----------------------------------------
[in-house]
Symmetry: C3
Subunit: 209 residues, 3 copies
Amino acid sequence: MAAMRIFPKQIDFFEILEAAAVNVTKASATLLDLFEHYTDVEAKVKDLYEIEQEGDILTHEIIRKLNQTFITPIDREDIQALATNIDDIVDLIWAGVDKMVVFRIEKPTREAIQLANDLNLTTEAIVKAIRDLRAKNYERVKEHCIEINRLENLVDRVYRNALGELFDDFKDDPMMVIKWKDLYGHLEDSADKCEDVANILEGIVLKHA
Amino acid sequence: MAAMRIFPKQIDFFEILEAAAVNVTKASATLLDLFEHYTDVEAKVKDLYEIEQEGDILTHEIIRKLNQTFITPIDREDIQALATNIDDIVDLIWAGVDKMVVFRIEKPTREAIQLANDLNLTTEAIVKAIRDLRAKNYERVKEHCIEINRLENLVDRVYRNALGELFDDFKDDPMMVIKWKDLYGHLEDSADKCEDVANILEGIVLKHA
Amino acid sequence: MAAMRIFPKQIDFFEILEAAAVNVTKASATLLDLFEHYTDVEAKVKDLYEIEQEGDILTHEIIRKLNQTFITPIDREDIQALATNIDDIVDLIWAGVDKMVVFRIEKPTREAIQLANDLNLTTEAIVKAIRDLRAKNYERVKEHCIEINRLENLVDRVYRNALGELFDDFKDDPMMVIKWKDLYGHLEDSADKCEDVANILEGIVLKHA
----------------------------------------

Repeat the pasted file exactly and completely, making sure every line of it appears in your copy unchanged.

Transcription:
[in-house]
Symmetry: C3
Subunit: 209 residues, 3 copies
Amino acid sequence: MAAMRIFPKQIDFFEILEAAAVNVTKASATLLDLFEHYTDVEAKVKDLYEIEQEGDILTHEIIRKLNQTFITPIDREDIQALATNIDDIVDLIWAGVDKMVVFRIEKPTREAIQLANDLNLTTEAIVKAIRDLRAKNYERVKEHCIEINRLENLVDRVYRNALGELFDDFKDDPMMVIKWKDLYGHLEDSADKCEDVANILEGIVLKHA
Amino acid sequence: MAAMRIFPKQIDFFEILEAAAVNVTKASATLLDLFEHYTDVEAKVKDLYEIEQEGDILTHEIIRKLNQTFITPIDREDIQALATNIDDIVDLIWAGVDKMVVFRIEKPTREAIQLANDLNLTTEAIVKAIRDLRAKNYERVKEHCIEINRLENLVDRVYRNALGELFDDFKDDPMMVIKWKDLYGHLEDSADKCEDVANILEGIVLKHA
Amino acid sequence: MAAMRIFPKQIDFFEILEAAAVNVTKASATLLDLFEHYTDVEAKVKDLYEIEQEGDILTHEIIRKLNQTFITPIDREDIQALATNIDDIVDLIWAGVDKMVVFRIEKPTREAIQLANDLNLTTEAIVKAIRDLRAKNYERVKEHCIEINRLENLVDRVYRNALGELFDDFKDDPMMVIKWKDLYGHLEDSADKCEDVANILEGIVLKHA